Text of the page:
By Augustine Ugalde
Last week a Campus News story heralded the creation of a new addition to the East Los Angeles College Athletic Department concerning the women’s swim team.
Most students, faculty members, administrators, athletes and casual observers embraced this revelation without much thought. After all, the notion that a new team will carry the ELAC banner into competition against other collegiate athletes could only be positive news for the school.
This is especially true when considering that it has been more than 10 years since ELAC has fielded a women’s swim team.
However, all is not as it seems. What most people do not know are the reasons behind the formation of the team.
This was not the result of an administrative edict that was driven by the desire to engage student athletes into an extracurricular activity of the school’s choosing.
No, this decision was not so philanthropic. The school was forced into it.
Had this team not been created, ELAC would have suffered the wrath of the U.S. Government, which has decreed that this country’s collegiate teams must be gender equal. ELAC was forced to comply with the provisions laid out in the 1972 Title IX amendment or be subjected to either fines or loss of government support.
The idea of the amendment is a noble one. It guarantees the right of an underrepresented demographic in intercollegiate sports. In this case, women.
It is quite possible that this amendment was drafted with institutions that deliberately excluded women and other minorities from competing in sports in mind.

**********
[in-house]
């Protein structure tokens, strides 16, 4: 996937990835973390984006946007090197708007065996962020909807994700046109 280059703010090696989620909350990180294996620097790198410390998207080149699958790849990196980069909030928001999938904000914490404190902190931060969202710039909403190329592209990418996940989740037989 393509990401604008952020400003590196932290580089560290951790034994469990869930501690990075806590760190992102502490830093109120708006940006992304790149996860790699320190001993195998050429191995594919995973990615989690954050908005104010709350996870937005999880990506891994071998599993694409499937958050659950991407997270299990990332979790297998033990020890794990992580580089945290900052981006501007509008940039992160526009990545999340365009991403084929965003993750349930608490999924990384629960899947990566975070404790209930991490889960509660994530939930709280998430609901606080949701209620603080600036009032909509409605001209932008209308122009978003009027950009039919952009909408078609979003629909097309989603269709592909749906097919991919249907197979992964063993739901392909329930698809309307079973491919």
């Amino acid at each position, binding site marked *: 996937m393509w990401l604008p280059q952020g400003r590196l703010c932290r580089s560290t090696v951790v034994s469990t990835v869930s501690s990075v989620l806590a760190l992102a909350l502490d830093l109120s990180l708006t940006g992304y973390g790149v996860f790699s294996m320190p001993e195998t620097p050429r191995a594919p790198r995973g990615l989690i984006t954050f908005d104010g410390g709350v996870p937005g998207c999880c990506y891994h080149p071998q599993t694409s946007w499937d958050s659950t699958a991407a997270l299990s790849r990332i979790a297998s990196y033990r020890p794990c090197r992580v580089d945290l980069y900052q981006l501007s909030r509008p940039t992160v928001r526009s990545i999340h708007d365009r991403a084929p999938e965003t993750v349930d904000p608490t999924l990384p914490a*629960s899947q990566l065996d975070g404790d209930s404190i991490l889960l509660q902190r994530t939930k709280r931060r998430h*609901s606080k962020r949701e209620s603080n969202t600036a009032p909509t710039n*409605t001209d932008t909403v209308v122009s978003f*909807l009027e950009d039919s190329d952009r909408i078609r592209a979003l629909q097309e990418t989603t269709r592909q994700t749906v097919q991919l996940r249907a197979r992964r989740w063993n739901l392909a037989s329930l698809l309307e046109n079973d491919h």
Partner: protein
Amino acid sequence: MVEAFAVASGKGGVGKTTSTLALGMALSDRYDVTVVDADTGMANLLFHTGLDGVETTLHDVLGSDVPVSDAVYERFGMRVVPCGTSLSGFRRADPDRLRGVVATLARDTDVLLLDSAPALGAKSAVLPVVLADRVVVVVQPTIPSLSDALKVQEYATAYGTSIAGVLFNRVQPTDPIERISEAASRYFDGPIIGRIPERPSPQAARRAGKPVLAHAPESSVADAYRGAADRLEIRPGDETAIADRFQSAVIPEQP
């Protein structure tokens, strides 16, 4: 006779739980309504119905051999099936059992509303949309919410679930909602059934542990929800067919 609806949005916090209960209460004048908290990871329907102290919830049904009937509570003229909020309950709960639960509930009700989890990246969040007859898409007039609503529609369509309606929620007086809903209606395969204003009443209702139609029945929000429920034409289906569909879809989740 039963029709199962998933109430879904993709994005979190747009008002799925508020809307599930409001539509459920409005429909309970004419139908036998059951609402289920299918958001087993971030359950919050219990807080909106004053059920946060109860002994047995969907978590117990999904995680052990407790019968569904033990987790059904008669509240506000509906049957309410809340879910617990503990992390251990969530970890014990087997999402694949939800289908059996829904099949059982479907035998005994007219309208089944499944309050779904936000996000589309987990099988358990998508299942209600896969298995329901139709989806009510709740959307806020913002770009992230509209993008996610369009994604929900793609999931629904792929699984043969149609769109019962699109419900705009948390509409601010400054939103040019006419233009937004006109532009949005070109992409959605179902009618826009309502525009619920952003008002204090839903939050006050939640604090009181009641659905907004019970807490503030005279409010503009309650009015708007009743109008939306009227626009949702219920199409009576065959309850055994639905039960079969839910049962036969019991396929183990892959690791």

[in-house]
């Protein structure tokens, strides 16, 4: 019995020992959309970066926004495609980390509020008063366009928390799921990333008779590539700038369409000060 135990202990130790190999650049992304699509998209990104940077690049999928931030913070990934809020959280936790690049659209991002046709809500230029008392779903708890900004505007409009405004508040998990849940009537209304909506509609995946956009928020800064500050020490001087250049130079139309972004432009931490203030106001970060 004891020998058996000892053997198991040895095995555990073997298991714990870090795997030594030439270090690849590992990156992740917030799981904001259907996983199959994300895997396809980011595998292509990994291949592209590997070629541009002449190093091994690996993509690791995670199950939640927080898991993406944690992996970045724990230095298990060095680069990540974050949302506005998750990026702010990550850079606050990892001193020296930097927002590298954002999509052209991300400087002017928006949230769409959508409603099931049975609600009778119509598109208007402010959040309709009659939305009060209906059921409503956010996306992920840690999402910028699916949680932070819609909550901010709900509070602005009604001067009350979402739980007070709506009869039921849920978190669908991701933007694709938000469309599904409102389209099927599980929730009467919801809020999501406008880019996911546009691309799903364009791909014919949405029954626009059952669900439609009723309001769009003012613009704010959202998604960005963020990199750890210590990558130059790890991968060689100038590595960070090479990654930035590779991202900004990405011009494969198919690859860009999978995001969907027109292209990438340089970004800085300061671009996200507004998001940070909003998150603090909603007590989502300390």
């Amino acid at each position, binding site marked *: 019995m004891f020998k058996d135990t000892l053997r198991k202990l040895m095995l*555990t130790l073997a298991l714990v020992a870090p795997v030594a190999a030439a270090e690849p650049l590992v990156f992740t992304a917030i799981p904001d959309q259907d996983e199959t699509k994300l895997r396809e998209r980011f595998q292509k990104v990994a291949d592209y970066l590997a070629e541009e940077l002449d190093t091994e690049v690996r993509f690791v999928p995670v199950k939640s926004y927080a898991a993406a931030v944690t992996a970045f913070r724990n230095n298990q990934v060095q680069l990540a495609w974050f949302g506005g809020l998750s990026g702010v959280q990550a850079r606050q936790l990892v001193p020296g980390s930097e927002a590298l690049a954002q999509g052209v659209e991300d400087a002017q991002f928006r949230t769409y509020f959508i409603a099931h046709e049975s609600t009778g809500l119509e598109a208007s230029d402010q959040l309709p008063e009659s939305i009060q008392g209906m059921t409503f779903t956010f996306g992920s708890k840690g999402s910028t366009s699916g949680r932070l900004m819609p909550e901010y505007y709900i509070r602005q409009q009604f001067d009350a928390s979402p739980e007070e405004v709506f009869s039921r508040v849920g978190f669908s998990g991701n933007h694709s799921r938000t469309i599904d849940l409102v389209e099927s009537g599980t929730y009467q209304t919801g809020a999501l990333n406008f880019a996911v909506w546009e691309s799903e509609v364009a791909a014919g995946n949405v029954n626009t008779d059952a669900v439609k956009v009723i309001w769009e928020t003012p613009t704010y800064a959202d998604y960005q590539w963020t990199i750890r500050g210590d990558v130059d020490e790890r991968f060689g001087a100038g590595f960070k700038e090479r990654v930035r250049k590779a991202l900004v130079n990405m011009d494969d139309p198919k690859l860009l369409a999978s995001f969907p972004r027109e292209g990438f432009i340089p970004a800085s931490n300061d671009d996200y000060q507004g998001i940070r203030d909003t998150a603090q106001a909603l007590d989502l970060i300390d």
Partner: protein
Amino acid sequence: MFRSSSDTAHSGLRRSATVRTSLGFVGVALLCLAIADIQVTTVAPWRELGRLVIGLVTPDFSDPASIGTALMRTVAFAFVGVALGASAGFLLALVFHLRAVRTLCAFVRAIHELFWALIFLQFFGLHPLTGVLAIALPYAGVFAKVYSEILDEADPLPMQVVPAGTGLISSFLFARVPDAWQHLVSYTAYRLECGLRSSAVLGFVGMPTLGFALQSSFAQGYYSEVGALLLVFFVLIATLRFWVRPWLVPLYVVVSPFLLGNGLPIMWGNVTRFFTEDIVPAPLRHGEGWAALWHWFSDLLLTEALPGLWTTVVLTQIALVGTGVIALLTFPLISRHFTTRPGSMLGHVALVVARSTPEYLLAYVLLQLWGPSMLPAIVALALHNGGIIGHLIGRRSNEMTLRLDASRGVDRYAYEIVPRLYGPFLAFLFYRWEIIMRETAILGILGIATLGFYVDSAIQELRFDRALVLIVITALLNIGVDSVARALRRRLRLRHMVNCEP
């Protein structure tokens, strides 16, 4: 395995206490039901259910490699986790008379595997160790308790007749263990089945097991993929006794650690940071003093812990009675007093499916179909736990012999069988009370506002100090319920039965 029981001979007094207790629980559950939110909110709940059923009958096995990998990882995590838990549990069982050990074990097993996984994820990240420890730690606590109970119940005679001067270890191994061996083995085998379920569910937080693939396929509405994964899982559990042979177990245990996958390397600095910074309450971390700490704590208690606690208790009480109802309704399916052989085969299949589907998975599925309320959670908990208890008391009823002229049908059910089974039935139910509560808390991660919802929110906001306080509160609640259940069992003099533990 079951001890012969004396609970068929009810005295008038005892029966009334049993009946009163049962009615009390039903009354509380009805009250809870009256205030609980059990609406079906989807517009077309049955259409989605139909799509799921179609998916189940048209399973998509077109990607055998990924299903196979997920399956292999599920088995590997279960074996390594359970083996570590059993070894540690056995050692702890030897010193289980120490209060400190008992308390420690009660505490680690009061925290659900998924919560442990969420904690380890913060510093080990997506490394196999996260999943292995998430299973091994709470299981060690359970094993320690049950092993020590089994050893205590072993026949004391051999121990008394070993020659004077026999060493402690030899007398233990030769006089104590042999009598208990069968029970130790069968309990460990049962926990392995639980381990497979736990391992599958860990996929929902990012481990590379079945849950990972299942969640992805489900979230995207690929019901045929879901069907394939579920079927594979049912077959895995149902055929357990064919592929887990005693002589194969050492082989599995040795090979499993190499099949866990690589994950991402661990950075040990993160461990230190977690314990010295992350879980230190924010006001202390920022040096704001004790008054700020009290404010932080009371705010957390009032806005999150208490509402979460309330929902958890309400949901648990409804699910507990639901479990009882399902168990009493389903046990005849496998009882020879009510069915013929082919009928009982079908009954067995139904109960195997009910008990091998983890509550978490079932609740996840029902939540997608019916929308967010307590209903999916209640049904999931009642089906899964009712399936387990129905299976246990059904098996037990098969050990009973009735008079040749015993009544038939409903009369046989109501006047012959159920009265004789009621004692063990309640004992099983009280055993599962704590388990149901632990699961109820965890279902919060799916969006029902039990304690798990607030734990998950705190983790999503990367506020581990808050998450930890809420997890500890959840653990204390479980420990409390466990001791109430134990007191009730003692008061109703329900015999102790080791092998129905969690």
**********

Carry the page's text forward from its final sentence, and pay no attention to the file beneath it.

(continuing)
This would prevent institutions from discriminating against minorities by denying them entry to college,which was a common occurrence during the volatile ‘70s .
Another consideration that lawmakers of the time may not have considered is the financial crisis most educational institutions are experiencing today. ELAC has been under pressure for some time to add a women’s sport in the name of diversity and equality.
Considering the budget cuts state lawmakers have felt necessary to implement on ELAC in recent years, it is amazing that this team was created at all. This action, however, is not the end of it. All this addition has done is buy the school some time.
The school must add another women’s team in order to achieve that equality, but with the current trend of the aforementioned budget cuts, this seems unlikely.
Of course, there is another option. An option that is much less palatable but certainly much easier to carry out. ELAC could eliminate a men’s team.
So there you have it. In the name of progress and equality, the school must practice discrimination against one group, to accommodate another. Is this really what the government lawmakers had in mind when this edict was drafted? Reverse discrimination is not the answer.
Equal opportunity in higher education and employment, which was signed into law in 1961 by President John F. Kennedy, was effectively ended in 2003 after more than 40 years of controversy and litigation.
Apparently no one has told the U.S. Government, about the part of the law that hands out or dictates underfunded institutions, forcing them into debt.
It is unlikely that ELAC will have funding in a few years that will allow for the addition of another women’s team. This comes as bad news for men’s athletics because one team will be eliminated at that time.
One of the inherent problems associated with this dilemma is the men’s football team. The probability that a women’s football team will ever exist means men’s athletics will be one sport ahead of the women’s.
Because of this, coaches, athletes, trainers and fans of an unknown men’s team will have to suffer when equality is achieved at ELAC. The only question that remains is who gets the ax?